The exchanges from the early 1940’s explain a shortage of natural dyes and tin due to civilian restrictions during World War II.
Ten years later, the firm still faces challenges in obtaining the special dye: A specific shade of red which could only be derived from Cochineal. Depending on saturation and grade, this natural dye produces shades of soft rose to a deep, bright red with a tint of blueish purple. This particular color is deeply rooted in the history of Kerman, Iran. The documents show efforts to obtain these high grade dyes, reject poor dye already sampled, begin testing of a new sample sourced from a London supplier, then confirmation and purchase of an order.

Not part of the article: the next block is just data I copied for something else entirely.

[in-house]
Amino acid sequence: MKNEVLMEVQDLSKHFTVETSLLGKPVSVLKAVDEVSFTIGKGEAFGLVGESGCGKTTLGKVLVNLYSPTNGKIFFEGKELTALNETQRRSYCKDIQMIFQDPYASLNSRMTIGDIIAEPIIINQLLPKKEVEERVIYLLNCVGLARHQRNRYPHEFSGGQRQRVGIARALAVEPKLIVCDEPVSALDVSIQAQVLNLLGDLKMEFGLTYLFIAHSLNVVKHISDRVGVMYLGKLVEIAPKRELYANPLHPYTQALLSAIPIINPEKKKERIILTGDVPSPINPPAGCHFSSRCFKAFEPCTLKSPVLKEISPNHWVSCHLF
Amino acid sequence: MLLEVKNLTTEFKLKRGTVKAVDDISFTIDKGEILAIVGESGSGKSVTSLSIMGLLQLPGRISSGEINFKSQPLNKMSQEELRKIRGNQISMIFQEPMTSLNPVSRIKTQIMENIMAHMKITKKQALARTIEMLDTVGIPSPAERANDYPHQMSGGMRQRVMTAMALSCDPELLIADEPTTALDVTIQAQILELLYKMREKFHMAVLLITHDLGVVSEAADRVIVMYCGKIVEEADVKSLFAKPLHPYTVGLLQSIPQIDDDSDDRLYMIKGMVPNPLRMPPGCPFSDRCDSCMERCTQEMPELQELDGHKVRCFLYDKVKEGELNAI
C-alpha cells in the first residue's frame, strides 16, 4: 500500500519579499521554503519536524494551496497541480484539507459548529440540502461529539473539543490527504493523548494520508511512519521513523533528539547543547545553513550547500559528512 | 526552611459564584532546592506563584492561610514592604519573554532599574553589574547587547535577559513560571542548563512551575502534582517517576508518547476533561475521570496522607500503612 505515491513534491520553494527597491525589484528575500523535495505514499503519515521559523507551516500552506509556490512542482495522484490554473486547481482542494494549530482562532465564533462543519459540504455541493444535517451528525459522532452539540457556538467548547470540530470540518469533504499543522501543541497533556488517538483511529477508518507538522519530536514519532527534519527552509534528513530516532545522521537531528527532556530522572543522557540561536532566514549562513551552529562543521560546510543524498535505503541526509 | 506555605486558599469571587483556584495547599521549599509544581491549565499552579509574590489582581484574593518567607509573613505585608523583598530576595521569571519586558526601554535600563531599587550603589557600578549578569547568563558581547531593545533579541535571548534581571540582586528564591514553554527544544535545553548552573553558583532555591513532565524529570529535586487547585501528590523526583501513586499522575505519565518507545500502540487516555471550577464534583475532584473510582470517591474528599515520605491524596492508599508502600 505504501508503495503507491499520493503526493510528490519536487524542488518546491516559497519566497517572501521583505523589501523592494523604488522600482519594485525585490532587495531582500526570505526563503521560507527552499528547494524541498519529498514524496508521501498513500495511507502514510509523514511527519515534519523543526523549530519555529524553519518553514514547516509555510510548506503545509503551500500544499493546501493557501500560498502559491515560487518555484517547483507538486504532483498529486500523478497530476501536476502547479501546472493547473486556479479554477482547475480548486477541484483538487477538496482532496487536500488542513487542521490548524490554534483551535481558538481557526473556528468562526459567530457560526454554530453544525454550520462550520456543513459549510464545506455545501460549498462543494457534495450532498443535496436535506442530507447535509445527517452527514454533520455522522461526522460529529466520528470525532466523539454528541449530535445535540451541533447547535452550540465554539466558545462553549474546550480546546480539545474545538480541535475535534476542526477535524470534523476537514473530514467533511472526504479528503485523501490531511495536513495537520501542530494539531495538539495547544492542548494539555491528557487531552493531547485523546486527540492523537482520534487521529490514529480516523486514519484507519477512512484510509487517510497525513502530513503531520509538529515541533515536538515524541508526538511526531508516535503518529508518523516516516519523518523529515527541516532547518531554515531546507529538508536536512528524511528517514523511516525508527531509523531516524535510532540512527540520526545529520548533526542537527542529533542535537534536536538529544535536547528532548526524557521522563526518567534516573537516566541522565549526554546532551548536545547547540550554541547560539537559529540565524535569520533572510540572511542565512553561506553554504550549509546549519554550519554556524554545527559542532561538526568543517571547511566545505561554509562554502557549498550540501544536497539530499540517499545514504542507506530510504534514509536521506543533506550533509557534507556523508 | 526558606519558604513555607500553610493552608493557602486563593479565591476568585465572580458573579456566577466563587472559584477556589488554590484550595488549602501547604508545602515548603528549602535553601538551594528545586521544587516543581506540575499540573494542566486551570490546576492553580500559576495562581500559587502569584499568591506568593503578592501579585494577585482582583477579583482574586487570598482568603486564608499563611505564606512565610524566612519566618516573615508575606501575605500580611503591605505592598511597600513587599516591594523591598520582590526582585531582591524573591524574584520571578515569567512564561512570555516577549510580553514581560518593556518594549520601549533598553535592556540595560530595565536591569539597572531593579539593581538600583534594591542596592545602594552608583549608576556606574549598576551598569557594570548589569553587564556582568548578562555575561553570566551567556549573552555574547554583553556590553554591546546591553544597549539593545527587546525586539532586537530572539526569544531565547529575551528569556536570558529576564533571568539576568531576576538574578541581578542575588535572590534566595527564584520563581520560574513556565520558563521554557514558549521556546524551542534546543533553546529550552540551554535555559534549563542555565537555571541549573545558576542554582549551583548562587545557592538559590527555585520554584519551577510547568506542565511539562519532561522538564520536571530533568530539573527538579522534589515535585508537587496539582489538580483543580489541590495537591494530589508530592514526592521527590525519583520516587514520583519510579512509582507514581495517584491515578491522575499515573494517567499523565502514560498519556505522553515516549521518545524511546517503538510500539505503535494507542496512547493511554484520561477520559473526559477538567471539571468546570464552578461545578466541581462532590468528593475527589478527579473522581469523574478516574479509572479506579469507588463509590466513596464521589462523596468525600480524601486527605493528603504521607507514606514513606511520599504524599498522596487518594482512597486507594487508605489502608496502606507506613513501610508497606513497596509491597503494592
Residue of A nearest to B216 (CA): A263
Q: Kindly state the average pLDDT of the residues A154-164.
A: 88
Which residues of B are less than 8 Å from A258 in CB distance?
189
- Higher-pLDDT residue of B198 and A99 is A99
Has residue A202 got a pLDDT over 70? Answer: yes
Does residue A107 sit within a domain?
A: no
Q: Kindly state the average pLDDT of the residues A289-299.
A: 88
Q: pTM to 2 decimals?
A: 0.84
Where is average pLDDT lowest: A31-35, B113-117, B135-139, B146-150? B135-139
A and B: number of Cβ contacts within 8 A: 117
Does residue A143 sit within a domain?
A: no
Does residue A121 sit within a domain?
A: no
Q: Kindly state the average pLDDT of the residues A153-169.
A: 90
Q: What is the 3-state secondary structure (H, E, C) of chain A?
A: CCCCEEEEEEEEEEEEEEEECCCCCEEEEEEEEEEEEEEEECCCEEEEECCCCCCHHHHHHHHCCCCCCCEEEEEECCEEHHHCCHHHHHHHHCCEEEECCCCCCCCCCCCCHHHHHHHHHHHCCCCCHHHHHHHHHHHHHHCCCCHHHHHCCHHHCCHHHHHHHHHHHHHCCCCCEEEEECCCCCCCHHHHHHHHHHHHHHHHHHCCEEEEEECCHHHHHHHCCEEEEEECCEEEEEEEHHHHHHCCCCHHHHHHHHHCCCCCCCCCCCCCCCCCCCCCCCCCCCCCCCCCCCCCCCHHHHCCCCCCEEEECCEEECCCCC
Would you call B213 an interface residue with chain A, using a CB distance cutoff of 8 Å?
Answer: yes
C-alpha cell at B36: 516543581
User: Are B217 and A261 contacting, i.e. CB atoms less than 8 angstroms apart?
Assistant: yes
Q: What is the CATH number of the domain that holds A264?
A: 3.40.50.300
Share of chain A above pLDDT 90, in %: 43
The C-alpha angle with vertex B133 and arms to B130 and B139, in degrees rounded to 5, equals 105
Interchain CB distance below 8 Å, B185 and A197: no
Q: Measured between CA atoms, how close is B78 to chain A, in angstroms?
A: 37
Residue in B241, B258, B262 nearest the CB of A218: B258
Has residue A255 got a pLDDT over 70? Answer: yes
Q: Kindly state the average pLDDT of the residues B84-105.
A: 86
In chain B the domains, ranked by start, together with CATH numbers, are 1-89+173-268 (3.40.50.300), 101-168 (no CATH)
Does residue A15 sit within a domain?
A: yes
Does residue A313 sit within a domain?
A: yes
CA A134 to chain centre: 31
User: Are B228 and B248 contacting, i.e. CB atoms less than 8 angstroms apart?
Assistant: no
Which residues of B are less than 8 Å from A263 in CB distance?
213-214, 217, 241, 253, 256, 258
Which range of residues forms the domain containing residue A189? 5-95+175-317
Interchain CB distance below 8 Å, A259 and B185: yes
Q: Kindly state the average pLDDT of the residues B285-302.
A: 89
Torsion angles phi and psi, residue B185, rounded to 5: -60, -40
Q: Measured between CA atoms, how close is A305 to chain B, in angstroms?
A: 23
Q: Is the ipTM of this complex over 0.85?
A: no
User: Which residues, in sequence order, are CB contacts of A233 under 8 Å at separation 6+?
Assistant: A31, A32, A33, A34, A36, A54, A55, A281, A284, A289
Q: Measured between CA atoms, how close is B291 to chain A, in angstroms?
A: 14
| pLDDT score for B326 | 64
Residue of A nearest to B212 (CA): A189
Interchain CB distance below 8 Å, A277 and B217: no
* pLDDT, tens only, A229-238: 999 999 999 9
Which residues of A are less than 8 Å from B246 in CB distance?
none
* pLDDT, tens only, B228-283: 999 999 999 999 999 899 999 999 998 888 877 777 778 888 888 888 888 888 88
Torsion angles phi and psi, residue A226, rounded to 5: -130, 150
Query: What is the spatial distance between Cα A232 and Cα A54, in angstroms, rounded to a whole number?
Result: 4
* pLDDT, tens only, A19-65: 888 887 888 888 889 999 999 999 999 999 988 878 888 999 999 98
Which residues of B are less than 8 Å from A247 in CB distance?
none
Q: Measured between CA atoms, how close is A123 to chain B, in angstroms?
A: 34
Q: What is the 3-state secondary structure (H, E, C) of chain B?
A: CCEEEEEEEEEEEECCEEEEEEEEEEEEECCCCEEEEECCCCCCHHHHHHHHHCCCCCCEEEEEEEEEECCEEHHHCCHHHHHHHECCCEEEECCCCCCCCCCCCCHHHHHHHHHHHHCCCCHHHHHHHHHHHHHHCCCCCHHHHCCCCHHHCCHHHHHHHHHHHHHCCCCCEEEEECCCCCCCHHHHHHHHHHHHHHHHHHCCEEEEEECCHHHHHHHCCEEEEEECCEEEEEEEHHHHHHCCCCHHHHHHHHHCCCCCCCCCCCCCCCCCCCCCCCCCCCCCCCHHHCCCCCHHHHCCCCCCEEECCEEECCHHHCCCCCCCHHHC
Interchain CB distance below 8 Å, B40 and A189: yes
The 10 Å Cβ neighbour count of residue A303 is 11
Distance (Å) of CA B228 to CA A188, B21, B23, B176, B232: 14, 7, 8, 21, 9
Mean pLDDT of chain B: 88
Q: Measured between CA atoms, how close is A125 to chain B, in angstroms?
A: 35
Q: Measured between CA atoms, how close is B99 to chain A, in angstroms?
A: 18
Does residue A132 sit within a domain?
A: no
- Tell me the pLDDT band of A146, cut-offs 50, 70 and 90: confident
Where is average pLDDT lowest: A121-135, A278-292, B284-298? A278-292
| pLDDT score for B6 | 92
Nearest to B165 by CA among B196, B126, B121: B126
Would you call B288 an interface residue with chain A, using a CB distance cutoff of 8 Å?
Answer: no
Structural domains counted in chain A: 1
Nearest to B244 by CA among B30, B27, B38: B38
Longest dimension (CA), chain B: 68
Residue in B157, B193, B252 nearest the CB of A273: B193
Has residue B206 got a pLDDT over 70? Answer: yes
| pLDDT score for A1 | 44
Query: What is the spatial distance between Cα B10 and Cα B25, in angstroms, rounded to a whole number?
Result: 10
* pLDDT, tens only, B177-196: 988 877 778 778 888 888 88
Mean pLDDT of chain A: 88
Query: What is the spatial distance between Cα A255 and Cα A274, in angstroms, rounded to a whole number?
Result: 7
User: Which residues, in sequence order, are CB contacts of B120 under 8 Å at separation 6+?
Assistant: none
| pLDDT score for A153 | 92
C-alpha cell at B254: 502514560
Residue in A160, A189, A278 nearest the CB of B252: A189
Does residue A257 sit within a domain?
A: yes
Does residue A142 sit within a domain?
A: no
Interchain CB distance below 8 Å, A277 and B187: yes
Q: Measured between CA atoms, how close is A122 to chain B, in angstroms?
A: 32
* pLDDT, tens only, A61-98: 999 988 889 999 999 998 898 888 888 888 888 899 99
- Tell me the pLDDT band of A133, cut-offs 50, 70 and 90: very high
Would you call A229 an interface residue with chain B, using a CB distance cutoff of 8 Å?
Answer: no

Very unique to the firm (and the industry) is the high level of scrutiny each carpet is subjected to, and the very unusual and extensive documentation.
As a very unusual practice, the firm documented a great deal of information pertinent to the manufacturing of their carpets. In the event an original tag is still connected to a first generation Cyrus Crown carpet, it is possible to trace that carpet to the specific Dilmaghani Factory the carpet was woven, and even more unusual, the name of the weaver/weavers who wove that specific carpet some 50, 60, even 70 years earlier!
Dilmaghani designs are exclusive to the firm, entirely original drawings made in their Company owned design studios from their Persian looms in Kerman and Sarouk Iran to Bulgaria, India and more.
The firm maintains some original maps used to convey designs and color changes to the weavers.